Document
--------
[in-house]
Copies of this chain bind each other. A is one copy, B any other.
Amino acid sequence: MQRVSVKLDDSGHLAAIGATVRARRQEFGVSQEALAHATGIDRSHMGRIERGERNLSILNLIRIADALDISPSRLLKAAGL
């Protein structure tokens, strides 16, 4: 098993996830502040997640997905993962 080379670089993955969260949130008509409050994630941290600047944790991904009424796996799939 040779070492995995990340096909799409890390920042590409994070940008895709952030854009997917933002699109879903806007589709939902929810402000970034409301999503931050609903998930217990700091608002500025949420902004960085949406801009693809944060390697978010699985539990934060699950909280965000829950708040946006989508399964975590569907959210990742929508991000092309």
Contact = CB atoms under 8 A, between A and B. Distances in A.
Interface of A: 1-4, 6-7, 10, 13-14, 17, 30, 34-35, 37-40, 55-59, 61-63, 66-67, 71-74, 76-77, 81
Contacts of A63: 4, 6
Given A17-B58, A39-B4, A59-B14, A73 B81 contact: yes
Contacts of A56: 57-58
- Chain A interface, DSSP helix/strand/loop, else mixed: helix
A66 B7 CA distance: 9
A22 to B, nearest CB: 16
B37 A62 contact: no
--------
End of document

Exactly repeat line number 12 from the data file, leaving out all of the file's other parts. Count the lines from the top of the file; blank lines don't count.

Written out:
A22 to B, nearest CB: 16